"Ce sont les robes auxquelles je pense."
Translation:These are the dresses I am thinking of.
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I am pretty sure that penser here means more than just thinking, such as considering, as in considering buying or wearing or cleaning etc.
In English, the past tense has more uses than just talking about the past.
Here the past tense is being used for politeness, but it can also be used to speak about the present and future in conditions.
As a native speaker "These are the dresses I was thinking of." clearly means you're still thinking of the dresses.
It's not 'debatable', it's merely the polite form. If you want to talk about things that happened in the past here, you need to use past perfect: "These are the dresses I have thought about".
I think it can be present tense. Like "These are the dresses I am thinking of taking on my honeymoon". It accepted my translation of "thinking about" instead of "thinking of". So that could be "These are the dresses I am thinking about returning to the store" or something like that.
you are right, but it French, you would need to change the construction:
ce sont les robes que je pense emporter en voyage de noces
ce sont les robes que je pense retourner au magasin.
so you see, "auxquelles" has disappeared, replaced by "que", which has become the object of verbs emporter/retourner and not anymore indirect objects of verb "penser à"
Not so, strictly speaking. Though almost no one distinguishes between them any more, formally you say "that" to specify the one thing out of several you mean, e.g.: "The horse that is black [instead of the horse that is white]". You would say "which" to describe further something already identified, e.g.: "The dog, which is barking at the squirrel".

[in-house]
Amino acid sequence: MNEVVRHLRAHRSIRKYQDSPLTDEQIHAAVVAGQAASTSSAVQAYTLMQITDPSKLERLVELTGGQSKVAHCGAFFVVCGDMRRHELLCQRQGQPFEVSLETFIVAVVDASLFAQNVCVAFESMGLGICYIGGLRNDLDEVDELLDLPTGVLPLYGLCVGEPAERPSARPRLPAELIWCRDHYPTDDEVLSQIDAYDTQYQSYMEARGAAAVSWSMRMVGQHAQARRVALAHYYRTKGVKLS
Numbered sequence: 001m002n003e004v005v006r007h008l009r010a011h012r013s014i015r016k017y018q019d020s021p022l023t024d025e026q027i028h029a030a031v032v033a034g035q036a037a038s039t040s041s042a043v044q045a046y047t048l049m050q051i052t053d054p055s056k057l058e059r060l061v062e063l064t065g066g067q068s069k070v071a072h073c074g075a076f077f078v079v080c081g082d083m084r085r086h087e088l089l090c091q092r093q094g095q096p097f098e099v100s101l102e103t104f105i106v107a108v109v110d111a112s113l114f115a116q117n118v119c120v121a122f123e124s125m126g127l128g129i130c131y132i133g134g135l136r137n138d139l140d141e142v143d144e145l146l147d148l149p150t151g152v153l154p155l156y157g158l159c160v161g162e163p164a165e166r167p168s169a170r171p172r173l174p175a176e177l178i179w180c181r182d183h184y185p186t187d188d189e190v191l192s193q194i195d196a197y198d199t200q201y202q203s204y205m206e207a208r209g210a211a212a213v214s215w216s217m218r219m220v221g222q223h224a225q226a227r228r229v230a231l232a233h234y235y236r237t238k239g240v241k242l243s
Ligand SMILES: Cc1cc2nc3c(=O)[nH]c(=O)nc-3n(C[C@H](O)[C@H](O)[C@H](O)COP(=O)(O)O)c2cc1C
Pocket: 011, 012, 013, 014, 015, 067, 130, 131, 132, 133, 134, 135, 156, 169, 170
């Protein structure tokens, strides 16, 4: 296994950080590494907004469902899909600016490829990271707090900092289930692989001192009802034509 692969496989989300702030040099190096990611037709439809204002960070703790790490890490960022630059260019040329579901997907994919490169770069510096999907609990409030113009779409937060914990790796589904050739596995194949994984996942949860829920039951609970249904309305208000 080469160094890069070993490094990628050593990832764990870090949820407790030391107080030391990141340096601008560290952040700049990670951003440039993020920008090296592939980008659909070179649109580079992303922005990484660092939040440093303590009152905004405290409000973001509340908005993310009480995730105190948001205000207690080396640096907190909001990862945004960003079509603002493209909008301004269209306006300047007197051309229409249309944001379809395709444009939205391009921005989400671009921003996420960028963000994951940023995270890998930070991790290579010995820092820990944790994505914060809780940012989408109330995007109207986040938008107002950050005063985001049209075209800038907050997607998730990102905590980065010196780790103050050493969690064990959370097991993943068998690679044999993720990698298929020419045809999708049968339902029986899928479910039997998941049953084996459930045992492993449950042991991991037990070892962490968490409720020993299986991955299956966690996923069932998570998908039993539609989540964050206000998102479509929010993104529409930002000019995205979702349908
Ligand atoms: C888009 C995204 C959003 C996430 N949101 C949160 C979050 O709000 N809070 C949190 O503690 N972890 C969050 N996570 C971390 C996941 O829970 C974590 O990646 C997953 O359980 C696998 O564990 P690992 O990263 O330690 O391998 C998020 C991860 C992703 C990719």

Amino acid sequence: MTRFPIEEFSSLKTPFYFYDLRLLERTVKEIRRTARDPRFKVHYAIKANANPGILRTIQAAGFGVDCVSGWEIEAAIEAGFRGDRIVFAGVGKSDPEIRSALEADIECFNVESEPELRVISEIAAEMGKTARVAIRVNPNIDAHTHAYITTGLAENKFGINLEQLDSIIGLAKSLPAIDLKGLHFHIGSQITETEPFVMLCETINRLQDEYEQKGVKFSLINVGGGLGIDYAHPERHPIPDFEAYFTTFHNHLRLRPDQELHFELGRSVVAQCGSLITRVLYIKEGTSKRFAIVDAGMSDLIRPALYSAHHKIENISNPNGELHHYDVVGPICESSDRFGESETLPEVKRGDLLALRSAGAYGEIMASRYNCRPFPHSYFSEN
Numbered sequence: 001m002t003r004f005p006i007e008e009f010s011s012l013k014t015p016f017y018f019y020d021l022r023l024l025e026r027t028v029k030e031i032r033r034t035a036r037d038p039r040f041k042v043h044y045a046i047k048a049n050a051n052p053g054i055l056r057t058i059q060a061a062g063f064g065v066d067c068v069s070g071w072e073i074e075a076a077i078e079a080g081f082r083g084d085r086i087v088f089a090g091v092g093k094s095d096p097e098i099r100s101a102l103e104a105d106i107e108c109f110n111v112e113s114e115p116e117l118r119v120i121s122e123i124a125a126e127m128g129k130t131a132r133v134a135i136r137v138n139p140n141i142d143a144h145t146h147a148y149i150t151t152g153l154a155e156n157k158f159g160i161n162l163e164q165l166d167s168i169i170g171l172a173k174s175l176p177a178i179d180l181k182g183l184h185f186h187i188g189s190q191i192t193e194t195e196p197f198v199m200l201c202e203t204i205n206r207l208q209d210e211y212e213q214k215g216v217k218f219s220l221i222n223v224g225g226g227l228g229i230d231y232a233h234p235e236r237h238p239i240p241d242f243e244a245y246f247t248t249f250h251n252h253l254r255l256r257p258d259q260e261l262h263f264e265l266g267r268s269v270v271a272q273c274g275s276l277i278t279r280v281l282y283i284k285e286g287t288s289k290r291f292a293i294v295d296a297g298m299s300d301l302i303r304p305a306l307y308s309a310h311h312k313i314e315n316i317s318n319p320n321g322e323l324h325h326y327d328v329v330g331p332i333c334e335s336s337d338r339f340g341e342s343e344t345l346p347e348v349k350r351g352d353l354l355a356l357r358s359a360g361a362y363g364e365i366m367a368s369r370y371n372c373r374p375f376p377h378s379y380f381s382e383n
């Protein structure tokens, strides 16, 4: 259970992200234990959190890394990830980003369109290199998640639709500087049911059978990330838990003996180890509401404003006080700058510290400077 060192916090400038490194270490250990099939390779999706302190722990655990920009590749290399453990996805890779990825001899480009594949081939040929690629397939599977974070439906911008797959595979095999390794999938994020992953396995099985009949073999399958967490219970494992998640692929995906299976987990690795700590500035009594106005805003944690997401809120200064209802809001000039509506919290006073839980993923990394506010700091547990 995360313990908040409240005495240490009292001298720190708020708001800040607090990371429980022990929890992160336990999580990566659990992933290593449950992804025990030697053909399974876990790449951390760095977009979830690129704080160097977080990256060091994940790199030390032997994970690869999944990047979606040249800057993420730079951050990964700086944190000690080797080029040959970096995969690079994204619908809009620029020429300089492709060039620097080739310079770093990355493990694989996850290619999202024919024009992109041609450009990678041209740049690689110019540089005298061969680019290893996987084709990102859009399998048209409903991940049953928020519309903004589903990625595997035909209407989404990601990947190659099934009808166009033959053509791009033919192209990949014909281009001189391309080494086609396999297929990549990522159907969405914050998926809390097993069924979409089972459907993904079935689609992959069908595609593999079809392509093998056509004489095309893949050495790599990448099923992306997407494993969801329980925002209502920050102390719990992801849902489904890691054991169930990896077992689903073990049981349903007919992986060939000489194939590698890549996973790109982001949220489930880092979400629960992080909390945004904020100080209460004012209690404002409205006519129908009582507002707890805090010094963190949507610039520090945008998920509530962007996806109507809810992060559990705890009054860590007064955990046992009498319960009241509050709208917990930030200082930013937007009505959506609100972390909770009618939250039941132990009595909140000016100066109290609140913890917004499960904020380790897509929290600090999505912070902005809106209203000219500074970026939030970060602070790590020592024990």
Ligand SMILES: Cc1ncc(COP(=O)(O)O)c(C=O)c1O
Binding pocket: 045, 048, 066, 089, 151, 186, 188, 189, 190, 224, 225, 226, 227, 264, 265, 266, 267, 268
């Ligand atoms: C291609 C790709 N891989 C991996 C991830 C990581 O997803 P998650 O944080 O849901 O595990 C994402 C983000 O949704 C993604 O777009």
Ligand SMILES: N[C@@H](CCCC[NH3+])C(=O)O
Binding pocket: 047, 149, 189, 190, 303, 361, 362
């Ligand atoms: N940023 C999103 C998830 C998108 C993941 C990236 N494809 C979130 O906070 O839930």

That said, for Duolingo's purposes I doubt they should be picky.
Shouldn't the french sentence be "Ces sont ..." instead of "Ce sont..."? According to http://french.about.com/od/grammar/a/adjectives_demonstrative.htm I should be right. What's your opinion?
This is just my opinion . I find this part rather hard and I have the feeling that maybe it is not properly graduated for beginners . I daresay too many things all together. In Italy we say "Mettere troppa carne sulla brace" ( put to much meat on the barbecue = it will not be well done). I know that you are working hard and thank you for your useful help. :-)
It is the dresses that I am thinking about.
If that is not a potential correct translation, how would that be in French? I interpreted this as if the person was not actually seeing the dresses, but is only thinking about them. Someone asks them whether they're thinking about the shoes, and they reply: [No], it's the dresses I'm thinking about.
In my opinion, you need something more robust than a pronoun to achieve the plural to singular conversion, otherwise it just looks like a grammatical error, in either language.
Perhaps something along the lines of: "Les robes sont le sujet/cas/truc auquel je pense."
"C'est les robes auquel je pense." says the same thing, but it looks like a grammatical error even though the Object of penser à is singular.
In context, and with the addition of the word "No,", you can just about get away with using "it" in English, but you would have to ask a French native whether it works in French.
"Dont" remplace un complément introduit par "de". "Auxquelles" remplace un complément introduit par "à". "C'est DE cette robe que je parle" -> "C'est la robe DONT je parle". "C'est À cette robe que je pense" -> "C'est la robe À LAQUELLE je pense".